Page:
Spiritual -- Ask God to help your kids grow in their relationship with Him this year. Whether your child is 2 or 15, they can learn more about God and draw closer to Him during this school year. Ask God to help them stand strong for Him.

Emotional -- As kids grow, they begin to learn to deal with more and more emotions. Ask God to help them to learn to handle those emotions in an appropriate way. If your child struggles with a particular emotion, ask God to step in and help your child to control it.

Physical -- Pray for health and safety for your kids this year. My girls tend to be accident prone (we're frequent fliers at the ER), so this is a big one for us.

Mental -- Ask God to help your kids do well in school. We won't all have A+ students, but we can ask God to help our kids live up to their potential. Ask Him to help your kids focus on their studies and give their best effort every day.

Relational -- Pray for your kids to choose friends wisely. Ask God to help them make good decisions even in the face of peer pressure. Pray for your kids' friends, that they would be a good influence on your son or daughter.

Start with this list and personalize it for your kids. Pray specifically for the things that they struggle with. You can find a printable list to get you started here.

Create a prayer station

And don't forget to let your kids know you're praying for them. This year, we have a bulletin board that hangs in our kitchen. We'll be using that as a family prayer board. Everyone in our family can write a prayer request on a slip of paper and tack it to the board at any time. The other members of our family will be praying over those requests. This is a great tool to get your kids to let you know what's on their minds without them having to tell you face to face. And it's a great way for your kids to know that you are praying for them.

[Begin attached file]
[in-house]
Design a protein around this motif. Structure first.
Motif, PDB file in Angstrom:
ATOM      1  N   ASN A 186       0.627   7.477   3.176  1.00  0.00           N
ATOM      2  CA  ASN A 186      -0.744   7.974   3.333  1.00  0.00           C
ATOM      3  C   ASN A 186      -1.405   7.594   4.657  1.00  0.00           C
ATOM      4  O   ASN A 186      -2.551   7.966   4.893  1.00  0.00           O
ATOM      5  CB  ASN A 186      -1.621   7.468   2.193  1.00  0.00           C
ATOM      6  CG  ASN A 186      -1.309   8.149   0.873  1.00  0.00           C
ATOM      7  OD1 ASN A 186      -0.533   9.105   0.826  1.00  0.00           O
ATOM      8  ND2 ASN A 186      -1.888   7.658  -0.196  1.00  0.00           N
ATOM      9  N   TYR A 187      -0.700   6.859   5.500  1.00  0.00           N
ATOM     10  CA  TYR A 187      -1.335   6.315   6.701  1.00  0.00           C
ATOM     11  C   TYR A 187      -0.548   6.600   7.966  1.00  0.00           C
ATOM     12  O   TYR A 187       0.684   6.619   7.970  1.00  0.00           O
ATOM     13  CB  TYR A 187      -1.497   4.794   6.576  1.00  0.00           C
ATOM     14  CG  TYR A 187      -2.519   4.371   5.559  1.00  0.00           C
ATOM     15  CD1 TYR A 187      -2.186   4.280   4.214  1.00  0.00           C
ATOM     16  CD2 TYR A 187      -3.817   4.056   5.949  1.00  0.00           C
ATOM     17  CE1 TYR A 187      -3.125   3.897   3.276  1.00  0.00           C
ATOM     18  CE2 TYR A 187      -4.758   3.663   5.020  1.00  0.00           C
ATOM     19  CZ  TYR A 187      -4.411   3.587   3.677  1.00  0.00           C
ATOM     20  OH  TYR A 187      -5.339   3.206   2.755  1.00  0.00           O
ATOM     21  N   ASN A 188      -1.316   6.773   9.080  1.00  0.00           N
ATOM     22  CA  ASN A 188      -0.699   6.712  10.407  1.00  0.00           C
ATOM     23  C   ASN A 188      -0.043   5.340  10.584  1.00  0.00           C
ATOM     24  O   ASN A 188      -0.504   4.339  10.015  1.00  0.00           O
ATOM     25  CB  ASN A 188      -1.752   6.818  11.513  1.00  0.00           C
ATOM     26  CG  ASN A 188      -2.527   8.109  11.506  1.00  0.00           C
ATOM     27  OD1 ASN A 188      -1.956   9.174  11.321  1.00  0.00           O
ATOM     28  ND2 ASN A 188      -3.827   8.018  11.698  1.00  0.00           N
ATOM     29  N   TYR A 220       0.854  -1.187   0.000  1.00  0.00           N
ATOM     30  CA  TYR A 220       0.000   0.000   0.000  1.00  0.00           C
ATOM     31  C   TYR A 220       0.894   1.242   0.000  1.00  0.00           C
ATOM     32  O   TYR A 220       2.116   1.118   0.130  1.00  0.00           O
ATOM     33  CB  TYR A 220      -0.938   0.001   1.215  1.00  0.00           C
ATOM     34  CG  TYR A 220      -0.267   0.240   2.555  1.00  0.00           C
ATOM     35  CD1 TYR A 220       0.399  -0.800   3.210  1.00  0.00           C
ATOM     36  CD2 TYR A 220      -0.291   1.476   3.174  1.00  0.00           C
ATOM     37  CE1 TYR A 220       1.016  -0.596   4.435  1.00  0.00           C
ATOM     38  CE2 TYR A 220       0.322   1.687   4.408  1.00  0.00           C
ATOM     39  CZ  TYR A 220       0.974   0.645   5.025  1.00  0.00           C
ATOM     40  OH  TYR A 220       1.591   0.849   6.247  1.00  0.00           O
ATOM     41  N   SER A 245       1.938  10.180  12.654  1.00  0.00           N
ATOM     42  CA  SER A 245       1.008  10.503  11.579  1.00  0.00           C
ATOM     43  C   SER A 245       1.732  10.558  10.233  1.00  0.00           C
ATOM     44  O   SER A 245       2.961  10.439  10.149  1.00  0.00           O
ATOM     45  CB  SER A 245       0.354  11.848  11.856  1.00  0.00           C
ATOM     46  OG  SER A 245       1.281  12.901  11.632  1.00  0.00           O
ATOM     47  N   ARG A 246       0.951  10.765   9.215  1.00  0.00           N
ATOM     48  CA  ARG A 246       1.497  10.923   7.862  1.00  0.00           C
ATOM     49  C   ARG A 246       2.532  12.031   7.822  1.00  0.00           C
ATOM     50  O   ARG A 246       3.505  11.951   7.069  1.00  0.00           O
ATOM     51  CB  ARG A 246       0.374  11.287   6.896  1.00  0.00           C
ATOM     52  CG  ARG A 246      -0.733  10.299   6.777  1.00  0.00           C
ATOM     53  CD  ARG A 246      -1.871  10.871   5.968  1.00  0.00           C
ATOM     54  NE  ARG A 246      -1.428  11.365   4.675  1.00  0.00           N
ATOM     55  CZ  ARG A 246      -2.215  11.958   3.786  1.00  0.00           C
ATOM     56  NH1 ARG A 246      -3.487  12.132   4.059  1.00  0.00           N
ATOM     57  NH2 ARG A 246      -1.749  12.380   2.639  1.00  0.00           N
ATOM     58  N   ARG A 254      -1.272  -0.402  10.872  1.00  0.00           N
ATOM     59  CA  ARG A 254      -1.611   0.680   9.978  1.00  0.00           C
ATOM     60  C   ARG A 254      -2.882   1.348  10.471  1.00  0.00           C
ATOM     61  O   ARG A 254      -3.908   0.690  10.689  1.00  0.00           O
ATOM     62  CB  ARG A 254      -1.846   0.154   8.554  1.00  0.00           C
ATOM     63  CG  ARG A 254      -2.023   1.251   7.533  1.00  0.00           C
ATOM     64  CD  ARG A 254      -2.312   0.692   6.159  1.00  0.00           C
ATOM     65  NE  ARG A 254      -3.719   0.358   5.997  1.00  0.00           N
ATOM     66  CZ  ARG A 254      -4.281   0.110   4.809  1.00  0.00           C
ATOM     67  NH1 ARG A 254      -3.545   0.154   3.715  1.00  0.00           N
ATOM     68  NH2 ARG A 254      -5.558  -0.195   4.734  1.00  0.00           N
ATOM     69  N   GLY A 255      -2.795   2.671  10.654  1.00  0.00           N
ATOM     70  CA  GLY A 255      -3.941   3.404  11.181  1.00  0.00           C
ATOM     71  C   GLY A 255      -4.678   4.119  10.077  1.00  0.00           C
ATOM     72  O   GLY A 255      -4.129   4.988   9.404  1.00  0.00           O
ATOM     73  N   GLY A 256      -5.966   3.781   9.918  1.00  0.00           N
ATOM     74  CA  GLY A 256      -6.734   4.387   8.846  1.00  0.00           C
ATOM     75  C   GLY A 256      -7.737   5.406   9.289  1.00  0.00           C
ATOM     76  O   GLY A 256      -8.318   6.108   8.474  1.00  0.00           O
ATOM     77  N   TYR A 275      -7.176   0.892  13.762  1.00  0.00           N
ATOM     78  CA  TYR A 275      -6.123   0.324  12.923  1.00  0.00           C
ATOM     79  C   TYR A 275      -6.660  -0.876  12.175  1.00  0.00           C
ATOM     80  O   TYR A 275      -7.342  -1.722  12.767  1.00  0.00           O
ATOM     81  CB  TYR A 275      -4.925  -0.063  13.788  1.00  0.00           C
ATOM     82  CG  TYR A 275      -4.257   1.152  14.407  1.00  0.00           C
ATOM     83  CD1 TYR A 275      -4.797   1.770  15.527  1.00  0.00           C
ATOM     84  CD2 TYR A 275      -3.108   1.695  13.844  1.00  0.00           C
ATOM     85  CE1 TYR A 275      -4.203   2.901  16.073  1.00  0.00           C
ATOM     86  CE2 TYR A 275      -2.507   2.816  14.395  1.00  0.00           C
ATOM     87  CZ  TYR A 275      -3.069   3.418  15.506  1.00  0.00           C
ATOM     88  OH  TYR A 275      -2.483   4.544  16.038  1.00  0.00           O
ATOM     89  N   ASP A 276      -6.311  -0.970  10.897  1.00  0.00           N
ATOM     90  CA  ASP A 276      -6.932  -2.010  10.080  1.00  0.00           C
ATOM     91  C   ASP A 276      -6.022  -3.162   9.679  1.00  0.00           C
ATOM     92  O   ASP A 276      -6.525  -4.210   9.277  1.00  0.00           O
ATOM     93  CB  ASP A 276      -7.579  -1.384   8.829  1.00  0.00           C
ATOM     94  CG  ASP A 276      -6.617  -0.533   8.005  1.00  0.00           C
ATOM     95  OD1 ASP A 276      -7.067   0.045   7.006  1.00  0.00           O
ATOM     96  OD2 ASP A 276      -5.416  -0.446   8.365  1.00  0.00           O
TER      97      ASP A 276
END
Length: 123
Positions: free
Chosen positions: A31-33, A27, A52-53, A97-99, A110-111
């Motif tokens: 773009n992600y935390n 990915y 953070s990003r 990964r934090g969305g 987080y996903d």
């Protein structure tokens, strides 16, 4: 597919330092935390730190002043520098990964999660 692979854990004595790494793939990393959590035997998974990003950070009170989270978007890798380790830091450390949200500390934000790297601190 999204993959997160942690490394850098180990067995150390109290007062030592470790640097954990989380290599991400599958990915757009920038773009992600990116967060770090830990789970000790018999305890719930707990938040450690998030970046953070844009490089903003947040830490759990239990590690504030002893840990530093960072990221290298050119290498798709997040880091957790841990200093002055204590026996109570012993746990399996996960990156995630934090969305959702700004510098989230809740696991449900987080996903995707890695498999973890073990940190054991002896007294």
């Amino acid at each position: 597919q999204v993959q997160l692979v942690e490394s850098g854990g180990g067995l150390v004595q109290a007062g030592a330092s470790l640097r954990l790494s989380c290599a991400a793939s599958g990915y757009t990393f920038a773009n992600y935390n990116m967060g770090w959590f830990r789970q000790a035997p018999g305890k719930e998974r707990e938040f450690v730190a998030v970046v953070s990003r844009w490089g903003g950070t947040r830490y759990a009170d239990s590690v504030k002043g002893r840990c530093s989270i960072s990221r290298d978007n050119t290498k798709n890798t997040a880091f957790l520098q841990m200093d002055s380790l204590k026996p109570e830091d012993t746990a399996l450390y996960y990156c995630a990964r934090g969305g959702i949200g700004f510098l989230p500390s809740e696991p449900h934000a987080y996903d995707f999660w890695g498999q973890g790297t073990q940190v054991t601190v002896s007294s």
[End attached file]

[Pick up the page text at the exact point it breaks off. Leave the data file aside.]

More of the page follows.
It doesn't have to be a bulletin board. You can use a jar or a window or a wall. But creating a station in your home where your kids can bring things to be prayed over helps them to know that prayer is powerful and effective. It helps them to understand that loving someone means you pray for them. Encourage your kids to pray for each other when they know something big is going on in the other child's life.

Covering your school year in prayer -- and continuing to pray throughout the year -- can make a big difference for your kids. Because prayer is powerful and effective.

It's not too late to enter the drawing for the $10 Walmart gift card. Just check out yesterday's post to enter.

Linking up today with Time-Warp Wife and A Heart Reflected.

Talking to Your Kids About the Tough Stuff

Like most of you, I woke up Friday morning to the news that someone had killed 12 people and injured more than 50 by shooting up a movie theater in Colorado. Yesterday, my eyes opened to the news of the NCAA placing sanctions on Penn State for covering up horrific crimes against children. It's tough enough to process those things on my own -- but then I had to explain them to my kids. No matter how hard we try, we can't always shelter our kids from the ugliness of life. We can't keep them ignorant of the evil in the world. Even if you keep the radio and the TV off and don't subscribe to the newspaper, your kids will hear things from friends or from overhearing adults talking about it.